Atlanta — The Georgia Institute of Technology has selected Siemens Water Technologies to provide multi-million dollar wastewater and ultrapure water treatment systems for a new, $80 million nanotechnology research center, located here.
The wastewater treatment system will treat acid or alkaline waste streams, and the ultrapure water treatment system is designed to meet tight water quality specifications required by the center's research programs. Construction on the new center is slated to be complete in October 2008.
Mechanical contractor on both the wastewater and ultrapure water systems is Mann Mechanical, Avondale Estates, Ga. Georgia Tech and MW Zander/Whiting-Turner are the project engineers.
The new nanotechnology center will be the most advanced nanotechnology facility in the Southeast. It also will be the first of its kind in the region, and will be one of the most sophisticated in the country.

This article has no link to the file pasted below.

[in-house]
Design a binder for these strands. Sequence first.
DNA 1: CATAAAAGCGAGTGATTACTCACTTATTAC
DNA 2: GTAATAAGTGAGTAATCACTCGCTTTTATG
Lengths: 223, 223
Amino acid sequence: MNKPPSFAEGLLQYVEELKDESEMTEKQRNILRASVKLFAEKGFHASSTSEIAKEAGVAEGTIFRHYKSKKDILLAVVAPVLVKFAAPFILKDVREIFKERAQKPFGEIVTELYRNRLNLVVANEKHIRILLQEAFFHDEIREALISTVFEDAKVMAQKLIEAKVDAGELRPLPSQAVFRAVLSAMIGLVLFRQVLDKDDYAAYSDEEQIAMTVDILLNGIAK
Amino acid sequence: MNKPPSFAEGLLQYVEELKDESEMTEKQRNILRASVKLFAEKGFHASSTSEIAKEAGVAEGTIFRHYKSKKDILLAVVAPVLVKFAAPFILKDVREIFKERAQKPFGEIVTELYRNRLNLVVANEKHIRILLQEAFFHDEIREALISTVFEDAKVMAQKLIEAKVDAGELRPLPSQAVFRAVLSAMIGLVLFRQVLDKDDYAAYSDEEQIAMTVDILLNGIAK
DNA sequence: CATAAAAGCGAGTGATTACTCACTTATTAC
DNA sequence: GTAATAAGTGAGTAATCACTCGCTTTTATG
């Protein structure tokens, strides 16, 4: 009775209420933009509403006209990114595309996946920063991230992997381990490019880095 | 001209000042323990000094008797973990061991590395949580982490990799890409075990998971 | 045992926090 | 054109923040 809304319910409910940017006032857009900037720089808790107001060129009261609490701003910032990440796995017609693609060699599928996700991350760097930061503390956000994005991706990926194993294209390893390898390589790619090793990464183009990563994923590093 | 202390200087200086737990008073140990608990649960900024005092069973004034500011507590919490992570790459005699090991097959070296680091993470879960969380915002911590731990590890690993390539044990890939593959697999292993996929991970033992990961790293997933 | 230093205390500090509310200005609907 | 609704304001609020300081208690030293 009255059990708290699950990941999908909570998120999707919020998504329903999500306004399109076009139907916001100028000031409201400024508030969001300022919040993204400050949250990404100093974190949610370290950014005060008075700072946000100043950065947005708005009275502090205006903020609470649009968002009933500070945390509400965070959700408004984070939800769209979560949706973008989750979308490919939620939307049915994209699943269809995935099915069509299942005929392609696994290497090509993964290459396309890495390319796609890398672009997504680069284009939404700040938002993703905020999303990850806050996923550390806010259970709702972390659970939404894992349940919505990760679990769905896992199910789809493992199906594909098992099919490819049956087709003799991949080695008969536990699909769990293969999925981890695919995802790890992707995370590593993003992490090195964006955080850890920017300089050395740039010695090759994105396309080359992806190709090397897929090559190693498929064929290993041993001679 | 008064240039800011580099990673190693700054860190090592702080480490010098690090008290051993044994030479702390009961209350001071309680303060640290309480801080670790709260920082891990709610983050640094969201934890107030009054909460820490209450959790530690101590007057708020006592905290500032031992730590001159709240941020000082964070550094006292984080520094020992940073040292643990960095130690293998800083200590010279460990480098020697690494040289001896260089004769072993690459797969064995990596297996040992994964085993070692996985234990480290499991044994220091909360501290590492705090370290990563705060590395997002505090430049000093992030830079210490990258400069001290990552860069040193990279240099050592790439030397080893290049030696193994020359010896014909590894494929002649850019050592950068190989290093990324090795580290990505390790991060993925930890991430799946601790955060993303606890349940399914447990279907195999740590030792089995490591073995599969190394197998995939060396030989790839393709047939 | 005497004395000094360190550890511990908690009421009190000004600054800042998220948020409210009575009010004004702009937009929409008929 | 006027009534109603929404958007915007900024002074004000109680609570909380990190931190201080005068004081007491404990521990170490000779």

The facility is located on the Georgia Tech campus. The 160,000-sq.ft. facility will feature 30,000-sq.ft. of clean rooms critical to research and instruction in microelectronics, semi-conductors, materials, medicine and pharmaceuticals.
The new wastewater treatment system consists of multimedia filtration, activated carbon treatment, softening and chemical feed to treat acid or alkaline waste streams, depending upon projects running through the center.
The ultrapure water treatment system will include reverse osmosis membrane filtration and deionization, UV sanitation, chemical feed, and instruments and pumps.
The skid-mounted design of the ultrapure water system will reduce installation time, allowing the center to meet tight water quality specifications and handle the most challenging projects.